It was a hard weekend in the Cushman household. We lost our pet Guinea Pig Tommy and subsequently learned about death. These are those conversations you aren’t ever really prepared for and depending on the circumstances you may say different things. I am a realist and I understand that pets are a great learning experience for children. They can experience happiness, accomplishment, responsibility, and growth with an animal. They can also learn about death.
There is no “safe way” of teaching about death, but if it must happen for a first time I’d rather it be an animal. Human death is obviously normally far more traumatic and the death of a pet is a great opportunity to learn what death is and what it means. I took that opportunity this weekend.
We woke up to a sick Guinea Pig and I was alerted by a cry for help. I made my way into the room and instantly knew something was wrong. My wife had the children leave the room and I used a towel to gently pick Tommy up. He was gasping and looked like he was terribly sick. While I held his small body I called the closest vet to see what could be done and if I could take him in. I was told that guinea pigs aren’t seen by all veterinarians and that was due to the type of pet we had. Guinea pigs just aren’t worth saving apparently.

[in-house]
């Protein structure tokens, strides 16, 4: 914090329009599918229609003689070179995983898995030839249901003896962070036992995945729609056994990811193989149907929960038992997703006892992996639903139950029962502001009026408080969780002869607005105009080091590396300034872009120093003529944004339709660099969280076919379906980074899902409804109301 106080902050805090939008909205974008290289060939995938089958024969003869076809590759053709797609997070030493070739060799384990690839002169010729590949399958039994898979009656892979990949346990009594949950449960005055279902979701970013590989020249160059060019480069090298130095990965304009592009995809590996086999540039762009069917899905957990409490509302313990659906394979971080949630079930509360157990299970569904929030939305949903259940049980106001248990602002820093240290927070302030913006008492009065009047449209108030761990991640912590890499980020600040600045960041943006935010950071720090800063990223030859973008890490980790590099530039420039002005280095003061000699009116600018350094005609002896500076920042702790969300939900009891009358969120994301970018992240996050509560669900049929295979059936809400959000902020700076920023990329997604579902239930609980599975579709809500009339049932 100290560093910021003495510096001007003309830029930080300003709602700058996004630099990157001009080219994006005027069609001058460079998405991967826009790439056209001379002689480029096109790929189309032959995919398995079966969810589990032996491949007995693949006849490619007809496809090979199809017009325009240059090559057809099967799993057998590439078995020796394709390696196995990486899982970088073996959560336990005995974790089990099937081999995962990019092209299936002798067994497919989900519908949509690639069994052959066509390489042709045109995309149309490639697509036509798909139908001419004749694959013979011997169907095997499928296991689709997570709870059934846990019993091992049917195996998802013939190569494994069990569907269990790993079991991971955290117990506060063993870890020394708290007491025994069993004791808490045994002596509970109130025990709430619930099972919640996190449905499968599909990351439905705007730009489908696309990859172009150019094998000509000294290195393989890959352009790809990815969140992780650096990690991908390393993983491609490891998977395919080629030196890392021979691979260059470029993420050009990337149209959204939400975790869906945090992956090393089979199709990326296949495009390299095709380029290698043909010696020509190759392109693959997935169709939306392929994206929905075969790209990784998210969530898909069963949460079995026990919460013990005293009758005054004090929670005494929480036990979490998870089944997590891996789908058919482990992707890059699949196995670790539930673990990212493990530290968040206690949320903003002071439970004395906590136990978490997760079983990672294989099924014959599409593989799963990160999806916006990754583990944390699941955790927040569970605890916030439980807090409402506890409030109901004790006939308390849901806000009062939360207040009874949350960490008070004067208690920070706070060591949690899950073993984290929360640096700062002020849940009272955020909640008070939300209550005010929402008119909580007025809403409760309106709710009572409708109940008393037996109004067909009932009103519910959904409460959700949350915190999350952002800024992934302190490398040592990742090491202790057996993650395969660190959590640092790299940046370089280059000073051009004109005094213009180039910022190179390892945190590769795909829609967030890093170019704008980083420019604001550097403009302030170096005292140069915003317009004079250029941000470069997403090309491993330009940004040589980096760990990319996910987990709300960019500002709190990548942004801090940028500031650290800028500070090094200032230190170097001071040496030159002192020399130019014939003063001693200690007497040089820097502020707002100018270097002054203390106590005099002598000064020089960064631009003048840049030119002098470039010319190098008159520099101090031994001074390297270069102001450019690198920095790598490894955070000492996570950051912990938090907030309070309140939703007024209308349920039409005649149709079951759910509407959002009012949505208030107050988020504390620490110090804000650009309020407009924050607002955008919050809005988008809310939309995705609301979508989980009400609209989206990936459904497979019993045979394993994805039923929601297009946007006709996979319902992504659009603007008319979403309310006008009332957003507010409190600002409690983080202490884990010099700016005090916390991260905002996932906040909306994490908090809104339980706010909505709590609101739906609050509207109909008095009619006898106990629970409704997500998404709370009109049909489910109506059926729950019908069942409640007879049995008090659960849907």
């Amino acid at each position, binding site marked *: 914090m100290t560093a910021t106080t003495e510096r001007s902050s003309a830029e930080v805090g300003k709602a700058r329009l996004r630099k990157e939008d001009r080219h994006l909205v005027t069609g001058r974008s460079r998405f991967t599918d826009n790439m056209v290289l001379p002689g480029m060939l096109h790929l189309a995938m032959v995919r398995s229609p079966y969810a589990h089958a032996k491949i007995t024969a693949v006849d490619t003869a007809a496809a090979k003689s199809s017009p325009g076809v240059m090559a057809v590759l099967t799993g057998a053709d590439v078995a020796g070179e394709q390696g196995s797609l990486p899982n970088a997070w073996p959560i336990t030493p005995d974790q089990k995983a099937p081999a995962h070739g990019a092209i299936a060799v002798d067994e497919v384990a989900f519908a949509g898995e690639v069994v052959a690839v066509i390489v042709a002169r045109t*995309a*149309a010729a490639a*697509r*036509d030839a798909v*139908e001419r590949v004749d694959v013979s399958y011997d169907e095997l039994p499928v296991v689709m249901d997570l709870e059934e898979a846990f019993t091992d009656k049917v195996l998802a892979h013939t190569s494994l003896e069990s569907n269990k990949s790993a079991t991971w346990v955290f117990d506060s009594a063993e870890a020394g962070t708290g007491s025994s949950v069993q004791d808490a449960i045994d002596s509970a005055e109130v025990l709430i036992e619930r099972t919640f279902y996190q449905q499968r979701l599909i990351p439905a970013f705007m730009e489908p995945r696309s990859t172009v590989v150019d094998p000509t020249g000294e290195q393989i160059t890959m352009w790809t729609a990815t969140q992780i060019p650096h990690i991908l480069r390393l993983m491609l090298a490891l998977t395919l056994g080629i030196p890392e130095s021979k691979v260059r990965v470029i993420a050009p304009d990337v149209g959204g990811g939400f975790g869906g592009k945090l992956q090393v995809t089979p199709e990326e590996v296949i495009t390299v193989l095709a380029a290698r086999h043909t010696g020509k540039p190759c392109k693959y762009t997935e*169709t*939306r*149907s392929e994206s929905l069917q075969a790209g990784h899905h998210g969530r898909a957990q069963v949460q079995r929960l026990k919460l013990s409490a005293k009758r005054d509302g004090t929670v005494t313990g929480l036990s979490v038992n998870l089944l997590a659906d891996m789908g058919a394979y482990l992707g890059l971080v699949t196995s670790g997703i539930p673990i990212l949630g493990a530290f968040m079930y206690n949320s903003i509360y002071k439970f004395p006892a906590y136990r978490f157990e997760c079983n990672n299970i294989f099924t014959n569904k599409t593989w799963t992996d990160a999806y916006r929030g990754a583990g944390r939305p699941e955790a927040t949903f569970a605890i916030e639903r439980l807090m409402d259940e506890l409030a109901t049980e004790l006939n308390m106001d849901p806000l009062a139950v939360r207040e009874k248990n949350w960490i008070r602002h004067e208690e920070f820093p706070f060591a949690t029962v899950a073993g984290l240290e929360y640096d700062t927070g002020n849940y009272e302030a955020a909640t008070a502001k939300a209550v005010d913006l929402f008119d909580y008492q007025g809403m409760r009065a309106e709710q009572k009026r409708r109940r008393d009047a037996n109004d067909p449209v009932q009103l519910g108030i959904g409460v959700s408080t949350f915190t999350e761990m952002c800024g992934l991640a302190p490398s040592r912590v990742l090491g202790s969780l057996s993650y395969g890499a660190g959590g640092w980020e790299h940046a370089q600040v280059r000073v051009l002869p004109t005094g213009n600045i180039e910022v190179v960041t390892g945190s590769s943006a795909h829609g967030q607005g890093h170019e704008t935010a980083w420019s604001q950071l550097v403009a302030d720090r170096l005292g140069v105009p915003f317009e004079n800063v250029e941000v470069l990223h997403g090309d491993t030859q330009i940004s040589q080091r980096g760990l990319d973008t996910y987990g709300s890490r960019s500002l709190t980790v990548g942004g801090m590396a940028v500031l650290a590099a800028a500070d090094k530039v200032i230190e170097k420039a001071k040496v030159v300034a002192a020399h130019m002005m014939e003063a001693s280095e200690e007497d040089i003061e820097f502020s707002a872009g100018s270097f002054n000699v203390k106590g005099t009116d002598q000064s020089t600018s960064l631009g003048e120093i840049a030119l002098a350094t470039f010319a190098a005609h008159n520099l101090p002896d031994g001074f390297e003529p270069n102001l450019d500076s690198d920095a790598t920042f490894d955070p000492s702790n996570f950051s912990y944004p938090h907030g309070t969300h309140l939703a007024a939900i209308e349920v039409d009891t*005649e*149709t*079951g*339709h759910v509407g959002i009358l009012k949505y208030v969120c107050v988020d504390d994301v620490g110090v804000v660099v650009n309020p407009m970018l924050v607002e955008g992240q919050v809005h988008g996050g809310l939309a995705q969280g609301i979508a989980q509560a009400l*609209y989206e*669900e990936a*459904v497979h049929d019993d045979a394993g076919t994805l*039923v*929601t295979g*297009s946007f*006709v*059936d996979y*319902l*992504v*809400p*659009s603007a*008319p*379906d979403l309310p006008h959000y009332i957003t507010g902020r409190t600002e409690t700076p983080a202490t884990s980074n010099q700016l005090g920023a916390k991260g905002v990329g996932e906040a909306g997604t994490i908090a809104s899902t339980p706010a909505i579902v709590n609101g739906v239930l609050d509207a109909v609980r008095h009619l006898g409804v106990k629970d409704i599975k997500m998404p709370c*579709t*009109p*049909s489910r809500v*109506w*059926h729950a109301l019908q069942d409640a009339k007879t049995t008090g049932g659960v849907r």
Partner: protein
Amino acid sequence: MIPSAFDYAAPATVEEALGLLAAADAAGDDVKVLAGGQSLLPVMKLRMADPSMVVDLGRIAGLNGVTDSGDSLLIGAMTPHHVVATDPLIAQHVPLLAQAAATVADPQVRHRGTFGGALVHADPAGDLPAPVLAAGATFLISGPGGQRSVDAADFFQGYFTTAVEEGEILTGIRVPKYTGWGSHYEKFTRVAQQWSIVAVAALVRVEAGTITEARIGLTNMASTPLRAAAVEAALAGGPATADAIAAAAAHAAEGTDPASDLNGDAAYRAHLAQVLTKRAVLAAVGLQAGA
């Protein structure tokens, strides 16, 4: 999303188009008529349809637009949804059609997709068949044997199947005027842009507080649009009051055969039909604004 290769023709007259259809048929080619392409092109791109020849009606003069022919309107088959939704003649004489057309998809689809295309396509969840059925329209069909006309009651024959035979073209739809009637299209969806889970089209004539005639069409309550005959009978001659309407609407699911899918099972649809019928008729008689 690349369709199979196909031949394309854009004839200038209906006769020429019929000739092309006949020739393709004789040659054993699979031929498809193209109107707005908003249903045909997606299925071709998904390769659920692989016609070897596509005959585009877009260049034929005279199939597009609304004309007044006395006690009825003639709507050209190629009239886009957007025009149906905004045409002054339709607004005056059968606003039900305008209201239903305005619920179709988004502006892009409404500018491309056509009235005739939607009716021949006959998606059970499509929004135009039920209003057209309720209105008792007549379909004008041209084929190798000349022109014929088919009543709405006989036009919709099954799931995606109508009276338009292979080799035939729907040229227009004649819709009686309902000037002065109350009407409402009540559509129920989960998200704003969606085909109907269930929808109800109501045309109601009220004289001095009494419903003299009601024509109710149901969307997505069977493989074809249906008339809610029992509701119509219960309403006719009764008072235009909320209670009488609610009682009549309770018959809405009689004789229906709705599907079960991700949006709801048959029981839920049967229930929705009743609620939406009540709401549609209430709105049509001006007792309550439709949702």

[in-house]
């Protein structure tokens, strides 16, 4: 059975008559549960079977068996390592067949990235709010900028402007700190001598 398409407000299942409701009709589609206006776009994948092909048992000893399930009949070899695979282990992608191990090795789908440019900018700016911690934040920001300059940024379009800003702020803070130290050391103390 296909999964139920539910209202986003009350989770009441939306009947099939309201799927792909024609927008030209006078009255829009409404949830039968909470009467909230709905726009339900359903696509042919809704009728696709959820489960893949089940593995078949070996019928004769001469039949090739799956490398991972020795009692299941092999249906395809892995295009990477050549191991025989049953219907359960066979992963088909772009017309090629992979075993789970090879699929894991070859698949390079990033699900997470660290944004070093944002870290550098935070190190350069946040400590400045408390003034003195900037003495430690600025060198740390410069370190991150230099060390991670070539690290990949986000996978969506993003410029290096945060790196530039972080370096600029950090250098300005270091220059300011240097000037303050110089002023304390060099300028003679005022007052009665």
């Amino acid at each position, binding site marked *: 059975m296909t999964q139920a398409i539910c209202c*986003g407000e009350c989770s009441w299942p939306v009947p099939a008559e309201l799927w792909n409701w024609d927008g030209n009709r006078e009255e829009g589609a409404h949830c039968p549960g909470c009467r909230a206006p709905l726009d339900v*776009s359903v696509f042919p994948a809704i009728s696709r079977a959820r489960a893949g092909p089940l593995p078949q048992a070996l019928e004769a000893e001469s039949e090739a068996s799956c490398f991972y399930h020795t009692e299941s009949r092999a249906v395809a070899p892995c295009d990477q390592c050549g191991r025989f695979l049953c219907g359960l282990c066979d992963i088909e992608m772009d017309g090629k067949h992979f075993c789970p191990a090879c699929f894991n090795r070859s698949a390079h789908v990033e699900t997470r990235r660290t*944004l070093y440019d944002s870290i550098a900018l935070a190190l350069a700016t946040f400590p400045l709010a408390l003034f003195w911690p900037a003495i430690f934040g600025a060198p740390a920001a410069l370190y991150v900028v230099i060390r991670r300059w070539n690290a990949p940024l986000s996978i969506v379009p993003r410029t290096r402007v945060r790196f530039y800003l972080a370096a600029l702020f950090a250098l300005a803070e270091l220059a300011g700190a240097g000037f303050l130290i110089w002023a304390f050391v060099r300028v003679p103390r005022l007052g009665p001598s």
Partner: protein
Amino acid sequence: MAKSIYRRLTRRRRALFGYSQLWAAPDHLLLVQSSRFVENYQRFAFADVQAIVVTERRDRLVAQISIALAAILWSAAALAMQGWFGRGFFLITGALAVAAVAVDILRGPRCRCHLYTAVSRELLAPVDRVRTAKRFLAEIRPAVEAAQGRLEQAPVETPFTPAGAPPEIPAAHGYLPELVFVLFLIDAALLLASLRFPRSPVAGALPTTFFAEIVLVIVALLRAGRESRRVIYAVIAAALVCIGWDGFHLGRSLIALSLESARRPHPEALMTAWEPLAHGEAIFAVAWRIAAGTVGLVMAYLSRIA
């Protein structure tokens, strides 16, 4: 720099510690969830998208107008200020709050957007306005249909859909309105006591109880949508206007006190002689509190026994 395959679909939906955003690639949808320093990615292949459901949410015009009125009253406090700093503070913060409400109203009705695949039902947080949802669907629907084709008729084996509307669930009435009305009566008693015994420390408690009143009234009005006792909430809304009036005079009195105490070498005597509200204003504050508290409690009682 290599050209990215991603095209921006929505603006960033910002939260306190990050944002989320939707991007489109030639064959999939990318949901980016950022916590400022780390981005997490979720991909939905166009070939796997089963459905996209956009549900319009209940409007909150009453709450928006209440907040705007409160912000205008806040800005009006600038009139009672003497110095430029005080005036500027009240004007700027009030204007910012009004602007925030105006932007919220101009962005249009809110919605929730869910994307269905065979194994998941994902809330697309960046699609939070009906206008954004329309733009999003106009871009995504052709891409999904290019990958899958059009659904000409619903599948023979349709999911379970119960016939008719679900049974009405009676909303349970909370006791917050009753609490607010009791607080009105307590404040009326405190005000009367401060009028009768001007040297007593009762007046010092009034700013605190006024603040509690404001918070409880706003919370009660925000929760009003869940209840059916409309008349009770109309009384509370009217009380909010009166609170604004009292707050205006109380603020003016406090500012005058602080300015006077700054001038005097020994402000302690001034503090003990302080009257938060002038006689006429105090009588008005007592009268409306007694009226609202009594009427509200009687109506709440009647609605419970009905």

Tommy died in my hands. I watched as he lay on his side and gasped out his last breathes. Damn it was hard to see. My wife began to cry from the doorway as I wrapped his body in the towel I had been holding him in and made my way downstairs. I grabbed a shovel and went into the backyard to bury him in the morning sun. I placed a few large stones on top of his grave to help keep the scavengers away and returned inside with the job done. But it wasn’t over of course.
It is hard for men to watch women cry. It is even harder to watch your children cry. When everyone is crying it feels awful and all you can do is hold them. You hold them and you tell them it will be ok. You tell them Tommy is in a better place and that he knew love before he passed away. You make yourself believe these things so that doubt doesn’t show in your eyes. Kids are intuitive and can pick up on a lie. So you tell your best lies and you hope they accept them.
We spoke of death and God because it is what my father would have done in my shoes as a priest. I am not a priest, but I strived to explain as best as I could. I pushed through even when having to explain that resurrection doesn’t happen to pets unfortunately. Tommy wouldn’t be rising from the dead. He was truly gone and it was ok to cry. It was ok to miss him.
Jason C. Cushman